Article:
The schools we worked with formed a spectrum of how we were able to draw on arts education programs. The dance implementation was done in a context that had previous experience doing arts-integrated interdisciplinary projects (although data was new for them) and they had a dance teacher. Two others had a general arts courses that met once a week or so and one did not have a dedicated arts teacher so we drew on ELA for a kind of digital media arts focus. We selected the medium for the students through codesign with the teachers but one reason is that we wanted to support specific goals in art that may be different for illustration, visual storytelling, photography, dance, etc. The art mediums offered different ways of engaging with data. For example, in dance students embodied mathematical trends seen in graphical displays and offered space for interpretation through emotion. In comic-making students were given space to reflect on what statistics about friendship meant in their own lives and experiences, finding that personal connection to data. Photography helped students see connections between community data and what they see in their local neighborhoods and everyday routines. Photography offers space to communicate about social issues through both quantitative and qualitative data, to think about data in context, and visualize comparisons, patterns, associations.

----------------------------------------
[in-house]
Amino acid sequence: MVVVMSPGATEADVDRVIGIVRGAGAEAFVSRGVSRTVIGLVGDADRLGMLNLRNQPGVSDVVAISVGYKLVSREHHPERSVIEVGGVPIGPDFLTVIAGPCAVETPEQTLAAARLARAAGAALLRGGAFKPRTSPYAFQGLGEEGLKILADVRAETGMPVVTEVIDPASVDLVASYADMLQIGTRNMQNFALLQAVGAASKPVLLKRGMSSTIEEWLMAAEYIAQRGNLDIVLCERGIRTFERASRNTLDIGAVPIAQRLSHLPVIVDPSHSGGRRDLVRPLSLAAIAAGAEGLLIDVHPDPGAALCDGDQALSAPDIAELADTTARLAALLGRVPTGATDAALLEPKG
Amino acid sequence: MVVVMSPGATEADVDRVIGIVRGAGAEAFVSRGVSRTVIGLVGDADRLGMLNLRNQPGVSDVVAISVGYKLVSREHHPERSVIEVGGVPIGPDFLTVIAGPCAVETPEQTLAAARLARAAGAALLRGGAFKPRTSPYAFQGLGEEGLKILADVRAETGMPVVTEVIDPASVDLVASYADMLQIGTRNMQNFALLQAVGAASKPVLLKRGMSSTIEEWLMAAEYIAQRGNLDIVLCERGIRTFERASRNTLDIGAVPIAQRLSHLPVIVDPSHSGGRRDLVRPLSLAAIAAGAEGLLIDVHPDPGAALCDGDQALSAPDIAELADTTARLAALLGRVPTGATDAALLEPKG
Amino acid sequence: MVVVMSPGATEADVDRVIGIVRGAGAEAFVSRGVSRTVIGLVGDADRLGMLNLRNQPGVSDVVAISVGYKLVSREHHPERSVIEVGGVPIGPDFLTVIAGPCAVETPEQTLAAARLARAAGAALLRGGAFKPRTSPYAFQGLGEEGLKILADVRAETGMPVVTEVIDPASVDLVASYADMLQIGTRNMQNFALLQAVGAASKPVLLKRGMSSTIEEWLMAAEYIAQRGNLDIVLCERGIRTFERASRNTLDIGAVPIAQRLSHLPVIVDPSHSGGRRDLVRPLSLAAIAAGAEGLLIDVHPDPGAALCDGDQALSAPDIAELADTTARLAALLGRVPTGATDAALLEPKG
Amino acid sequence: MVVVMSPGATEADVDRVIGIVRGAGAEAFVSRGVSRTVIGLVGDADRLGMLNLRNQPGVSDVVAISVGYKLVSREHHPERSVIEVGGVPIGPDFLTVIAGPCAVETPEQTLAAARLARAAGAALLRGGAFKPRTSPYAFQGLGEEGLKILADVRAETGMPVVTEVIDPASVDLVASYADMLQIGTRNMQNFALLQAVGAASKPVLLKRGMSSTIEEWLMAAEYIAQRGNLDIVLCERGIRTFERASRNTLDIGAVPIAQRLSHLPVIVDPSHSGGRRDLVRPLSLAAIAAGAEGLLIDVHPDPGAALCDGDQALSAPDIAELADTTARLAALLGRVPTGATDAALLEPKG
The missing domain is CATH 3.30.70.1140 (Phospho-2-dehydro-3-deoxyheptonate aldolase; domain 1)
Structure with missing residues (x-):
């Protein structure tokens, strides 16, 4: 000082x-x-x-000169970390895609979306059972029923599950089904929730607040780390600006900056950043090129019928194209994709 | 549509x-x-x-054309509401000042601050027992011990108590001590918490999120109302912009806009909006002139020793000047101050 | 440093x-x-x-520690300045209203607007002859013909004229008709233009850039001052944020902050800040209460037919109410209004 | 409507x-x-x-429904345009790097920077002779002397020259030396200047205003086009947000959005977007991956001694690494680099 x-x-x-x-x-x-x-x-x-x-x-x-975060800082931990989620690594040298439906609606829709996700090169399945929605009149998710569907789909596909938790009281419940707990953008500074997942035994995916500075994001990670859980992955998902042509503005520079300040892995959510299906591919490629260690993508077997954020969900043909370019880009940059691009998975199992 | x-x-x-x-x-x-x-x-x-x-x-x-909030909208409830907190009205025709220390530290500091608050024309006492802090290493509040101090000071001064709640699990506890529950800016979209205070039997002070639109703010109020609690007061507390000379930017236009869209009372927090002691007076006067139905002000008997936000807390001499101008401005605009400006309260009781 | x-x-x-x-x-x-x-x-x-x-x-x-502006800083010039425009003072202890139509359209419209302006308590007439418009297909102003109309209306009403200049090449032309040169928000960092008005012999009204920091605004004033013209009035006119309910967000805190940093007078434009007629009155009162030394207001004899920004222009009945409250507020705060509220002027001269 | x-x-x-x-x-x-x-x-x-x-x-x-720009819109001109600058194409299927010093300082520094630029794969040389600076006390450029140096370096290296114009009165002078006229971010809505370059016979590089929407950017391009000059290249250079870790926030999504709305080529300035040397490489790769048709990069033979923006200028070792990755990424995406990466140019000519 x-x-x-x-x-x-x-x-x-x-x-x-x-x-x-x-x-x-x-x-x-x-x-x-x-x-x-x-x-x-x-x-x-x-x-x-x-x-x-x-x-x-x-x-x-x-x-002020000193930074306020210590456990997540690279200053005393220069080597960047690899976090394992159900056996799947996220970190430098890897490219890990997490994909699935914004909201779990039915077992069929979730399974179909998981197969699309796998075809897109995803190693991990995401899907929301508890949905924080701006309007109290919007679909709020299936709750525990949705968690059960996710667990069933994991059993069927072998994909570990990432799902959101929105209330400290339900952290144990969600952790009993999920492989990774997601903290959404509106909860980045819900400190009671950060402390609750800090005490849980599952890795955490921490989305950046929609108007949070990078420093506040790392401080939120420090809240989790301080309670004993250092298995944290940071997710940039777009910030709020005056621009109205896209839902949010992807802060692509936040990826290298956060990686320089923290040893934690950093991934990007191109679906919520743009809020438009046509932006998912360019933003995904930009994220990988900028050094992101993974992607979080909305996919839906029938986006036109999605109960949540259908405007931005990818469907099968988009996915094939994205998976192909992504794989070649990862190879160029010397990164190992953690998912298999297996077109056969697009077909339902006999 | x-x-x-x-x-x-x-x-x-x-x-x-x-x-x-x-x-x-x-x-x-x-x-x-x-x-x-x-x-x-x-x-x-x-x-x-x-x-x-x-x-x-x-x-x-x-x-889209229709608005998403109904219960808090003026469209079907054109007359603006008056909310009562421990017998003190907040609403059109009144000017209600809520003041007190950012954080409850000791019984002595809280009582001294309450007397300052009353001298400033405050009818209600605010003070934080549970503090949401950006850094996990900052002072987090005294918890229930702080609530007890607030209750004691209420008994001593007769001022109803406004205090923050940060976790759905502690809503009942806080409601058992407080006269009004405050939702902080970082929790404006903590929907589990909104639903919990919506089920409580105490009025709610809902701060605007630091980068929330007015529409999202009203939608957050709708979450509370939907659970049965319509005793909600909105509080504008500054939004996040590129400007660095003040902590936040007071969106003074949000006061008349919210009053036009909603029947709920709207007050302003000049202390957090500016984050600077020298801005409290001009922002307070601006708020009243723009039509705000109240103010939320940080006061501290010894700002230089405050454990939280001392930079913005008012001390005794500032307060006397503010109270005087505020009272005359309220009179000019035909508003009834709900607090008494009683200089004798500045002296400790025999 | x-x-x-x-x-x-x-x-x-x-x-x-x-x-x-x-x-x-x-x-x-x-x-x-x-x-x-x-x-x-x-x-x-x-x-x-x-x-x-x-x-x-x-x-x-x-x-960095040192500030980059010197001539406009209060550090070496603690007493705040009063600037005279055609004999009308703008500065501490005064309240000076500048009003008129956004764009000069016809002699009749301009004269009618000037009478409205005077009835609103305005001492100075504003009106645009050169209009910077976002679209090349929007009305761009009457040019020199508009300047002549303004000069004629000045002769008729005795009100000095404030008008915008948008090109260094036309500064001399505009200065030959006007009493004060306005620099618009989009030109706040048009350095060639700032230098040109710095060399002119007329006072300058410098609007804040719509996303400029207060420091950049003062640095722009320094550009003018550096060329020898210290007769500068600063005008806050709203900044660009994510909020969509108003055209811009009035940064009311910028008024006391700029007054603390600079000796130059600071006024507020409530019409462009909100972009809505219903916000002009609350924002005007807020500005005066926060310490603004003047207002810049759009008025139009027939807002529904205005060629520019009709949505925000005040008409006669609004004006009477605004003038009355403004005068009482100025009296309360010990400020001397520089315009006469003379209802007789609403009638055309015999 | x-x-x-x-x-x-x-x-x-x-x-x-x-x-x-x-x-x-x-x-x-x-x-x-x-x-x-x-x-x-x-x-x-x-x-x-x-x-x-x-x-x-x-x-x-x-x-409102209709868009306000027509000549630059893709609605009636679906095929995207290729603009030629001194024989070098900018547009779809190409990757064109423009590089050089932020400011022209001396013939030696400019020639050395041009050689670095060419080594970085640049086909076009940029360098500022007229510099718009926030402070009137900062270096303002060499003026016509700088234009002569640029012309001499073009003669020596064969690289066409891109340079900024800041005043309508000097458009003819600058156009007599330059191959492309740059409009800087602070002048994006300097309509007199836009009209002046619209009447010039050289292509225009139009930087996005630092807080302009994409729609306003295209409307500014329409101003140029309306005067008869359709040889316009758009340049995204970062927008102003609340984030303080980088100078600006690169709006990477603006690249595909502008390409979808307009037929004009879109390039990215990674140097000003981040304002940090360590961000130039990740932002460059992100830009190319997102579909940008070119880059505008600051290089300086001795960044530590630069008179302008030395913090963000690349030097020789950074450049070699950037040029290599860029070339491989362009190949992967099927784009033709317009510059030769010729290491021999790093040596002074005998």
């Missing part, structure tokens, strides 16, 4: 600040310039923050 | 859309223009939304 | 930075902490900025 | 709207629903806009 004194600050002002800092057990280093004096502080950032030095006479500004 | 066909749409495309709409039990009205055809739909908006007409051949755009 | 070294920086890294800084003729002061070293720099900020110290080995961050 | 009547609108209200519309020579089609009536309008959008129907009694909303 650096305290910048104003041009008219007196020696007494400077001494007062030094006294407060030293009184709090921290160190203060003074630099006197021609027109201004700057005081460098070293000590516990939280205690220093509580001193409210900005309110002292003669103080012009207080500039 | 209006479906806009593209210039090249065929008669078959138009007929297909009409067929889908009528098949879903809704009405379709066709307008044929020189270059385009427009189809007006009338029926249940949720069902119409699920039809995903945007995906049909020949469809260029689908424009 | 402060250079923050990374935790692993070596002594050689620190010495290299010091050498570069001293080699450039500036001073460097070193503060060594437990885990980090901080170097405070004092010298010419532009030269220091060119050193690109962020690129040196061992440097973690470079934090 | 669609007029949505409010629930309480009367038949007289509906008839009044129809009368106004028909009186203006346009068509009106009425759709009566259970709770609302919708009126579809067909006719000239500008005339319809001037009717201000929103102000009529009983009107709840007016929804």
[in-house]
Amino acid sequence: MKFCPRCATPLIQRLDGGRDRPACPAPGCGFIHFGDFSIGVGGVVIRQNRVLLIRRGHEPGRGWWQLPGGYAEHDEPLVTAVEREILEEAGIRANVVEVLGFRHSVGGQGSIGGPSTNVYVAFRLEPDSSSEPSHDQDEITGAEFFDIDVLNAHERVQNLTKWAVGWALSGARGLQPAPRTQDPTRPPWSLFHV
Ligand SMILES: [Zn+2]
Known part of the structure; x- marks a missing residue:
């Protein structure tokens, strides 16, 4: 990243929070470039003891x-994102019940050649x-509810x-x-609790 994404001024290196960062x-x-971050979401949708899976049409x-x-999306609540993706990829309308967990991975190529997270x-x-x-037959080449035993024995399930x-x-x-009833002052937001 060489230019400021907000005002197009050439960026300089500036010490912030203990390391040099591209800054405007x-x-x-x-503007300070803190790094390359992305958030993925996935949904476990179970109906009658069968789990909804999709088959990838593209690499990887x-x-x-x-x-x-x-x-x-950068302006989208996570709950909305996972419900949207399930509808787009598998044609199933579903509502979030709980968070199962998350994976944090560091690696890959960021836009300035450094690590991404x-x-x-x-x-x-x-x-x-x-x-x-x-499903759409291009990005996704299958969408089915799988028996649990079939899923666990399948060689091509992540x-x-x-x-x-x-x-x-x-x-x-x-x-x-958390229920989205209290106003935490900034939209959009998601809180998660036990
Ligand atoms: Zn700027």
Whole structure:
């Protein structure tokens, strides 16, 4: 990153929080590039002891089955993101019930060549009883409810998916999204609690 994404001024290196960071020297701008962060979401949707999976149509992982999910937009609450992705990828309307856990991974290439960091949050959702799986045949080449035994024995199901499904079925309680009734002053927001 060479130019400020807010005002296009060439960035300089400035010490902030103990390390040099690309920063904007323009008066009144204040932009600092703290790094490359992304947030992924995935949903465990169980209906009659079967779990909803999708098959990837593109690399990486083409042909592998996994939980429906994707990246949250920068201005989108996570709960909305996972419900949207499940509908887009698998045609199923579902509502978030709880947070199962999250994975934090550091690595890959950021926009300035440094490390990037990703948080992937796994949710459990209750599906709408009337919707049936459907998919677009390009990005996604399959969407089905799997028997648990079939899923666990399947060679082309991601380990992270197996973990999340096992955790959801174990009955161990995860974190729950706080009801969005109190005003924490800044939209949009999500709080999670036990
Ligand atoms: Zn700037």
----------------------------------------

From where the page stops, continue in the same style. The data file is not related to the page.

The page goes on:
• Icon for: Karen Royer

    Karen Royer

    Graduate Student
    May 12, 2022 | 12:06 p.m.

    I am fascinated with your work. I am curious about areas that you found were impediments for the students integrating art and math. How did the inequality of access to art and math instruction impact the students? Thanks for your video

  • Icon for: Anna Amato

    Anna Amato

    Lead Presenter
    PhD Student
    May 12, 2022 | 01:05 p.m.

    I would say there is a spectrum of how students were tasked with integrating art and data. One of the big impediments is just having more time to iterate on projects, respond to feedback or dig deeper into topics & questions they discover. In one school, access to computers became an issue and they also had to contend with unexpected interruptions due to testing. In photography, not all students were able to photograph their local neighborhoods the way they wanted to due to various impediments but could only take photos on the class-organized walks. In some contexts art is only once a week so being able to prioritize both art and math equally requires more time (e.g., 5 weeks vs. 2 weeks). It is also challenging to engage students in transforming large data sets if they don't have access to computers or even building new routines with data analysis tools is challenging to introduce for one unit.